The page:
Now, the project holds the following directories:
data/- Holds the raw data images split into three subdirectories: train, val (validation), and test.
eval/- Holds information about the model and its performance.
model/- Holds a pretreated model with the best performances.
src/- holds the project's code files, including Python modules and Jupiter notebooks.
. ├── data │ └── raw-data │ ├── test │ │ ├── NORMAL │ │ └── PNEUMONIA │ ├── train │ │ ├── NORMAL │ │ └── PNEUMONIA │ └── val │ ├── NORMAL │ └── PNEUMONIA ├── eval │ ├── metrics │ ├── params │ ├── predictions │ └── processed_data ├── model │ └── variables └── src ├── const ├── notebooks └── utiles 22 directories
Tracking files with Git + DVC = FDS
At this point, we want to track the files in the project with Git and DVC. This task requires the following steps:
- Choose and track the large files/directories with DVC.
- Use Git to track the pointer/pipeline files using Git.
- Track the rest of the project's files with Git.
When using Git and DVC to version the project, we perform these actions frequently. This repetitive work can be a hassle and, for some users, not intuitive. This is exactly why we created the
fds add WIZARD!
Because we want to version all the project files, we will run
fds add ..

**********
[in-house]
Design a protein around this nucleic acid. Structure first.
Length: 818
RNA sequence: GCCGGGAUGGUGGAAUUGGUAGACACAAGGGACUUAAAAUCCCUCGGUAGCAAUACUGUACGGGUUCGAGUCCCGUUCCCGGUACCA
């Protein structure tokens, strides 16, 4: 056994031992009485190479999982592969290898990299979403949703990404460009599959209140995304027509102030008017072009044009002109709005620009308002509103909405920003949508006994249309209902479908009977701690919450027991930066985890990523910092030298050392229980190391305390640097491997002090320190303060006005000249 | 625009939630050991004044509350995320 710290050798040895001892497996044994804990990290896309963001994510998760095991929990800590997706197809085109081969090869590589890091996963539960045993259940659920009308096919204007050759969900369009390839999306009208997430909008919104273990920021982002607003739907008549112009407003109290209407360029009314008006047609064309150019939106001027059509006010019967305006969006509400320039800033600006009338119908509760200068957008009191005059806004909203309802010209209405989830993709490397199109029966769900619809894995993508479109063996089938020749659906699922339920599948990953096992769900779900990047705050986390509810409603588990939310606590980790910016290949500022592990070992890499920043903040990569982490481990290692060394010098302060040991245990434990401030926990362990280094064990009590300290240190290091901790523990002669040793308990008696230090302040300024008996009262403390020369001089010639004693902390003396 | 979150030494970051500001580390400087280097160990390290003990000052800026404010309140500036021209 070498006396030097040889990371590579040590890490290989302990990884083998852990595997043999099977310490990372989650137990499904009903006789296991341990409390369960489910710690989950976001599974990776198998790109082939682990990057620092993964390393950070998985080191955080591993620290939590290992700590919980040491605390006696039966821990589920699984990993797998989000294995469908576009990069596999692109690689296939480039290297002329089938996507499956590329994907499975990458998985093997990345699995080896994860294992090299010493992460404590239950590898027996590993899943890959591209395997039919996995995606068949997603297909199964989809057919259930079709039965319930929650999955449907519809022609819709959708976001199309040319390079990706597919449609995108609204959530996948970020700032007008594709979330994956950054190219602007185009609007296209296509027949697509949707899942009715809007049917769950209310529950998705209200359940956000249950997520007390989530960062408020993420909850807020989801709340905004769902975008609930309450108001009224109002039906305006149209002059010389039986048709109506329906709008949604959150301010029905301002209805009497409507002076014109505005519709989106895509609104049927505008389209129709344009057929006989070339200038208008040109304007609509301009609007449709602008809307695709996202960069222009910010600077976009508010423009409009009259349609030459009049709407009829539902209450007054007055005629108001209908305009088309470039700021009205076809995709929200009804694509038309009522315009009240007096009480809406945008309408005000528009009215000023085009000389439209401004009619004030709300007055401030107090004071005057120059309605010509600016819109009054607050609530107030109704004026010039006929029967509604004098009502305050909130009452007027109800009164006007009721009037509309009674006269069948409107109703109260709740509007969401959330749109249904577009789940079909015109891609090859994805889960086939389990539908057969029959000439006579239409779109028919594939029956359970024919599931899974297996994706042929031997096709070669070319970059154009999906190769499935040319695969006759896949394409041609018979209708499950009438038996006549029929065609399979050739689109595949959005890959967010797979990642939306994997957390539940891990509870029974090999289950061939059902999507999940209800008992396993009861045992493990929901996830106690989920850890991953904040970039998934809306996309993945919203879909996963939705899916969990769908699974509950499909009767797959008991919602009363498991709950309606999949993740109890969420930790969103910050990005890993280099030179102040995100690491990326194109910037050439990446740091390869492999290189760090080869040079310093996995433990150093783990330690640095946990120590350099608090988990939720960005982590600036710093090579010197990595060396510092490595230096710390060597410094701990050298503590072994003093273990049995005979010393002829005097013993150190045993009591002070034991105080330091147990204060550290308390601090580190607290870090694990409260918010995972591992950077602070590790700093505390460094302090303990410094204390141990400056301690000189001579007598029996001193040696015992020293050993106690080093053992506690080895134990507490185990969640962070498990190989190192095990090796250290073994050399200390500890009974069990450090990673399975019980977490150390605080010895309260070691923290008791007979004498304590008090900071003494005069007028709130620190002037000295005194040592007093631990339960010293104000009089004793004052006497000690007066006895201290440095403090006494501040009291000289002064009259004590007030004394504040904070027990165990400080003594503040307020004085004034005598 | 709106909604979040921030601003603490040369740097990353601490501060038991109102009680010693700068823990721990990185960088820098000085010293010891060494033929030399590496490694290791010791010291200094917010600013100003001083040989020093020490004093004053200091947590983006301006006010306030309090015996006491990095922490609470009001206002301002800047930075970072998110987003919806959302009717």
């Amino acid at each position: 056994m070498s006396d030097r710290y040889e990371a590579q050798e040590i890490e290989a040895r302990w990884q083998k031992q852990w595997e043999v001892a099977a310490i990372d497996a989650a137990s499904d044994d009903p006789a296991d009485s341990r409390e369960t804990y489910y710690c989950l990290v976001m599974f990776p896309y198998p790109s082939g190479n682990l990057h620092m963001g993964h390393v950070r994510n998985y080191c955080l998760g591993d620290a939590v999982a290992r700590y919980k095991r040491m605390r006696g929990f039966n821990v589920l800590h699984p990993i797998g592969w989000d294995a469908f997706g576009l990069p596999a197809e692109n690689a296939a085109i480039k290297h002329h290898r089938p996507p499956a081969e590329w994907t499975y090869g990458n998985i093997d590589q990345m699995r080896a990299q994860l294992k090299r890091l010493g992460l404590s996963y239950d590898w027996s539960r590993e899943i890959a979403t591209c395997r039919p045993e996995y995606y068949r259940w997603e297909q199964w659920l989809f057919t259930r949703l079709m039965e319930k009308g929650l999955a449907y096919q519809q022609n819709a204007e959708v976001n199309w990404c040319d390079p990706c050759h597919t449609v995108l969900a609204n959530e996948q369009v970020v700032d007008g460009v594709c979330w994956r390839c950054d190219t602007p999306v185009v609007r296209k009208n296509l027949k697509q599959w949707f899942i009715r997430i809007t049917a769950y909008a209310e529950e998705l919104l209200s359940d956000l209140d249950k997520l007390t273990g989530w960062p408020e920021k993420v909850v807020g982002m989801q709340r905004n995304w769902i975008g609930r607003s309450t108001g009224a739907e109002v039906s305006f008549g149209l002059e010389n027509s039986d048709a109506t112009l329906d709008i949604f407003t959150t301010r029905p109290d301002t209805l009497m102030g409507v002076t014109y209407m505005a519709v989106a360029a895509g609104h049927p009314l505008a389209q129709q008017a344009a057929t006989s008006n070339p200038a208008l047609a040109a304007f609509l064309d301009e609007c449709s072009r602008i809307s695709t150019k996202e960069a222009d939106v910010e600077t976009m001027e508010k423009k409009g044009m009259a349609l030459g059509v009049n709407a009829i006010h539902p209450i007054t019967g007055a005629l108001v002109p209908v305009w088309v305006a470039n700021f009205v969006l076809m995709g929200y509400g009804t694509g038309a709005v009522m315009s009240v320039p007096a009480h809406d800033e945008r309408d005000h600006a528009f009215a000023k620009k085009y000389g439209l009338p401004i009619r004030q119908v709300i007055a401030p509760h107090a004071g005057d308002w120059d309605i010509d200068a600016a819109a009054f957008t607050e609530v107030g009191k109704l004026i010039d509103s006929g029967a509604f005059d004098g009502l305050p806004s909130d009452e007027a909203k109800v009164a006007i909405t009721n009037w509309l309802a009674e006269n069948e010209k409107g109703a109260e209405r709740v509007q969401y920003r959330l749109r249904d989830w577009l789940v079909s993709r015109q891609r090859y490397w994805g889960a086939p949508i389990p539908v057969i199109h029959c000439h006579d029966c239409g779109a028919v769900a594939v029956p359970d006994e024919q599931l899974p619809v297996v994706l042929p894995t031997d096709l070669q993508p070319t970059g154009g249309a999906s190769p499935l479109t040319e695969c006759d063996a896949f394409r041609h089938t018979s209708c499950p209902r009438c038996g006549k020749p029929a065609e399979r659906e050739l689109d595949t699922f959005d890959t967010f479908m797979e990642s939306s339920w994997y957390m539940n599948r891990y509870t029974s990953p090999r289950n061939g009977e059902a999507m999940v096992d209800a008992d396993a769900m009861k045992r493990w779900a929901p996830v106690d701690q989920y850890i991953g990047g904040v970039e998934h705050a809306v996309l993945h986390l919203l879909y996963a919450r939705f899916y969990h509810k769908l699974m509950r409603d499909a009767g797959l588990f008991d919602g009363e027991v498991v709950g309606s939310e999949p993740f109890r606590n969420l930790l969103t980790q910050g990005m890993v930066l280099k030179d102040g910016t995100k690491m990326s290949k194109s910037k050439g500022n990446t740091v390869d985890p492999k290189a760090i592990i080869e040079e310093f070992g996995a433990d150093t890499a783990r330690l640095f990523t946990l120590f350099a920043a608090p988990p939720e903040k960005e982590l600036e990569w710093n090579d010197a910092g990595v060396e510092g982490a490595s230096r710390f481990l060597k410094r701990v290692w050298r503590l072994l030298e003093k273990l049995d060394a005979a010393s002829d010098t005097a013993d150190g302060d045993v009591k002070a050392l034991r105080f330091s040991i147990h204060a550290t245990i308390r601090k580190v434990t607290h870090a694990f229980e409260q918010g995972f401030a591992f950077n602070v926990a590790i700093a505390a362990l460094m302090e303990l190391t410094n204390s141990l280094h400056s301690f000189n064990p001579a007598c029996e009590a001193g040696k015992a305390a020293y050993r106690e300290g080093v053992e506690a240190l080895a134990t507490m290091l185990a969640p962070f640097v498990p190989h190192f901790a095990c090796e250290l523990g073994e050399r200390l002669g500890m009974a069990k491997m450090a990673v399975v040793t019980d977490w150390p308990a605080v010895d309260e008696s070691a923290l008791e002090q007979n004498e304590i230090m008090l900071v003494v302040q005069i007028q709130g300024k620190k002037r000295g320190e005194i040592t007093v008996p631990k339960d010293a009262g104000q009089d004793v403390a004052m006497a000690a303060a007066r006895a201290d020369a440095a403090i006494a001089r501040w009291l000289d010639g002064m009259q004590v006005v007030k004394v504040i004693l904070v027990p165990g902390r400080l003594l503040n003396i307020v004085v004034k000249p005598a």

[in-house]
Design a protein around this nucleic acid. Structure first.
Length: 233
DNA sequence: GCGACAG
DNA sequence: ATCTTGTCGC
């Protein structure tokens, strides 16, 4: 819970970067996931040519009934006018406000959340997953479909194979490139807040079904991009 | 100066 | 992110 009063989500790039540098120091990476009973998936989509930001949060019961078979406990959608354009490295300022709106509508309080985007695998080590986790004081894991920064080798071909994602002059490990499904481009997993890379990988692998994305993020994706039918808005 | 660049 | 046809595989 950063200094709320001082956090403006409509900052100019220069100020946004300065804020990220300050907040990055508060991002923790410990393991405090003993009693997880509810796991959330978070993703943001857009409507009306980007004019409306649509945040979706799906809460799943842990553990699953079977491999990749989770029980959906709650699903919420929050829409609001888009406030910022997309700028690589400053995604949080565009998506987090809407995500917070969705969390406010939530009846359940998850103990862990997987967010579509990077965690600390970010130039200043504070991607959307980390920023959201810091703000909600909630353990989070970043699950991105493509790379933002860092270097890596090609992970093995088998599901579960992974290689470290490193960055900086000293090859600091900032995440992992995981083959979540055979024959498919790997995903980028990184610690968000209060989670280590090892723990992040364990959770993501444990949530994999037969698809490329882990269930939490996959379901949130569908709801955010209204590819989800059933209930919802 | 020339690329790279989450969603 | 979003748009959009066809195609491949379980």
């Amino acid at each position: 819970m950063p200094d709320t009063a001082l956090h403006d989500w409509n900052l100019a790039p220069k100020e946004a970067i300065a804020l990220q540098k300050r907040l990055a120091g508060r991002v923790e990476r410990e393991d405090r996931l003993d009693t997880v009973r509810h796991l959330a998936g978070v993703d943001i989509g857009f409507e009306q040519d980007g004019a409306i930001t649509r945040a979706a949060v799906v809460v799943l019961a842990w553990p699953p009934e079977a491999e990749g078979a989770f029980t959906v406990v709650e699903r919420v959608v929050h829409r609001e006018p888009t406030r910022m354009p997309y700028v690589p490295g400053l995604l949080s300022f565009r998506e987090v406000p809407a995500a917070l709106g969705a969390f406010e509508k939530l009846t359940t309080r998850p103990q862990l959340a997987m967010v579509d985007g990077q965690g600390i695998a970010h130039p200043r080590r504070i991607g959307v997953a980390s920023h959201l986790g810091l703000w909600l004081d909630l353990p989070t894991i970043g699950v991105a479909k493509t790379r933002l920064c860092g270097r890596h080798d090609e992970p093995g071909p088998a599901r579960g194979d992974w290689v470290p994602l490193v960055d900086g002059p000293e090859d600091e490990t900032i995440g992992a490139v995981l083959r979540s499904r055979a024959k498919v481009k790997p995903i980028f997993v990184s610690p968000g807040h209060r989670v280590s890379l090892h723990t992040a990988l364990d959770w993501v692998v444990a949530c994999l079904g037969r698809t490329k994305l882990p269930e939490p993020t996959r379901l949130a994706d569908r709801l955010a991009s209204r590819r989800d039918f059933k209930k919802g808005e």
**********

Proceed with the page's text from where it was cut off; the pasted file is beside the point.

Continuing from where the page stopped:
All of the project's files are versioned and ready to be pushed! But wait, before we run the push command, we need to commit the files first. The
fds commit command encapsulates
dvc commit and
git commit into one. It commits changes to DVC first, adds the pointer files with the updated hashes to Git, then immediately commits these changes (plus any other staged changes) to a new git commit. In our case, FDS will recognize that nothing was changed in the DVC tracked files; therefore, it will effectively only commit Git-tracked files, which is what we'd expect.
$ fds commit “Track all the project files with FDS”
At this point, we want to make sure that all the files are committed. To do that, we will run the
fds status command that checks the status of both Git and DVC tracked files.
Ladies and gentlemen, please fasten your seatbelts…It's officially PUSH time!
To push our files, we will use the
fds push command that...you guessed it - pushes the files tracked by both Git and DVC! Let's check the new status of the repository on DAGsHub.
As we can see, all the files tracked by Git and DVC were pushed to the remotes. Not only that, we can see all of the project's components in one place, including code, data, models, and pipeline.
Shortening the process to 1 command
If you're not familiar with Git, DVC, or FDS and don't feel comfortable using those commands or just want to make your life easier, the
fds save command is for you! By running this command, FDS will version, track, commit, and push all project files using Git and DVC to your remote. To showcase the usage of this command, we will download a processed data directory and run the
fds save command.
$ dvc get https://dagshub.com/nirbarazida/Pneumonia-Classification data/processed -o data/processed --rev 88b9f33 $ fds save “Add processed data directory”
Let's check the new status of the repository on DAGsHub.
As we can see, the processed data directory was tracked by DVC, the updated data.dvc pointer file was tracked by Git, and both were successfully pushed to DAGsHub.
We reached the end of this tutorial, but our journey together has only begun.
FDS is completely Open-Source!
Although our developers constantly improve FDS's capabilities, we welcome you to contribute to FDS and receive everlasting glory. You can participate by: